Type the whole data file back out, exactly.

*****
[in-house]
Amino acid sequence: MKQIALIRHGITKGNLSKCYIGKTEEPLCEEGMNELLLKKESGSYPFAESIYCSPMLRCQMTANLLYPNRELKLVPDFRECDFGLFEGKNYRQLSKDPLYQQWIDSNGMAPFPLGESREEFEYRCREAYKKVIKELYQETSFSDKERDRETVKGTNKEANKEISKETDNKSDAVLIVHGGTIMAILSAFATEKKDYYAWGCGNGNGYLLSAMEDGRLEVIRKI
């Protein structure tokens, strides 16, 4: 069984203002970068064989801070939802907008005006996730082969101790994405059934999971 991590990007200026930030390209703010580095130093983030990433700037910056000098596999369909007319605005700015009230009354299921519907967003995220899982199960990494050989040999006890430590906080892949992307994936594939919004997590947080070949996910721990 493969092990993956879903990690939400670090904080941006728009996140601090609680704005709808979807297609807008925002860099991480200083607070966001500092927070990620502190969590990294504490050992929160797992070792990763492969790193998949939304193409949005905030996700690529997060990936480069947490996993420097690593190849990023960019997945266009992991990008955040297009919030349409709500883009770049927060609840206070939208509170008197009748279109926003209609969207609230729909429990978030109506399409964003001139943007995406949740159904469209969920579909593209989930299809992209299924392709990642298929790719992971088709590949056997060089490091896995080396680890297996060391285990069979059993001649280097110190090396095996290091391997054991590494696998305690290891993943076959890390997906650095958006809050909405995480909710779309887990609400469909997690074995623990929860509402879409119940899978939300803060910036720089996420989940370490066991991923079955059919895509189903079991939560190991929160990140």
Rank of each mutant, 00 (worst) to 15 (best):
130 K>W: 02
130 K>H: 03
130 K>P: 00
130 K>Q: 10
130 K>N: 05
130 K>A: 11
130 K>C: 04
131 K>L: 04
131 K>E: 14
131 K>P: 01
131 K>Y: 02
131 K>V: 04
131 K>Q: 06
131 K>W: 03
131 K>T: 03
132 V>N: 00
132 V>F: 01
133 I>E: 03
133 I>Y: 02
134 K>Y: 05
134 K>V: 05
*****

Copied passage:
[in-house]
Amino acid sequence: MKQIALIRHGITKGNLSKCYIGKTEEPLCEEGMNELLLKKESGSYPFAESIYCSPMLRCQMTANLLYPNRELKLVPDFRECDFGLFEGKNYRQLSKDPLYQQWIDSNGMAPFPLGESREEFEYRCREAYKKVIKELYQETSFSDKERDRETVKGTNKEANKEISKETDNKSDAVLIVHGGTIMAILSAFATEKKDYYAWGCGNGNGYLLSAMEDGRLEVIRKI
């Protein structure tokens, strides 16, 4: 069984203002970068064989801070939802907008005006996730082969101790994405059934999971 991590990007200026930030390209703010580095130093983030990433700037910056000098596999369909007319605005700015009230009354299921519907967003995220899982199960990494050989040999006890430590906080892949992307994936594939919004997590947080070949996910721990 493969092990993956879903990690939400670090904080941006728009996140601090609680704005709808979807297609807008925002860099991480200083607070966001500092927070990620502190969590990294504490050992929160797992070792990763492969790193998949939304193409949005905030996700690529997060990936480069947490996993420097690593190849990023960019997945266009992991990008955040297009919030349409709500883009770049927060609840206070939208509170008197009748279109926003209609969207609230729909429990978030109506399409964003001139943007995406949740159904469209969920579909593209989930299809992209299924392709990642298929790719992971088709590949056997060089490091896995080396680890297996060391285990069979059993001649280097110190090396095996290091391997054991590494696998305690290891993943076959890390997906650095958006809050909405995480909710779309887990609400469909997690074995623990929860509402879409119940899978939300803060910036720089996420989940370490066991991923079955059919895509189903079991939560190991929160990140």
Rank of each mutant, 00 (worst) to 15 (best):
130 K>W: 02
130 K>H: 03
130 K>P: 00
130 K>Q: 10
130 K>N: 05
130 K>A: 11
130 K>C: 04
131 K>L: 04
131 K>E: 14
131 K>P: 01
131 K>Y: 02
131 K>V: 04
131 K>Q: 06
131 K>W: 03
131 K>T: 03
132 V>N: 00
132 V>F: 01
133 I>E: 03
133 I>Y: 02
134 K>Y: 05
134 K>V: 05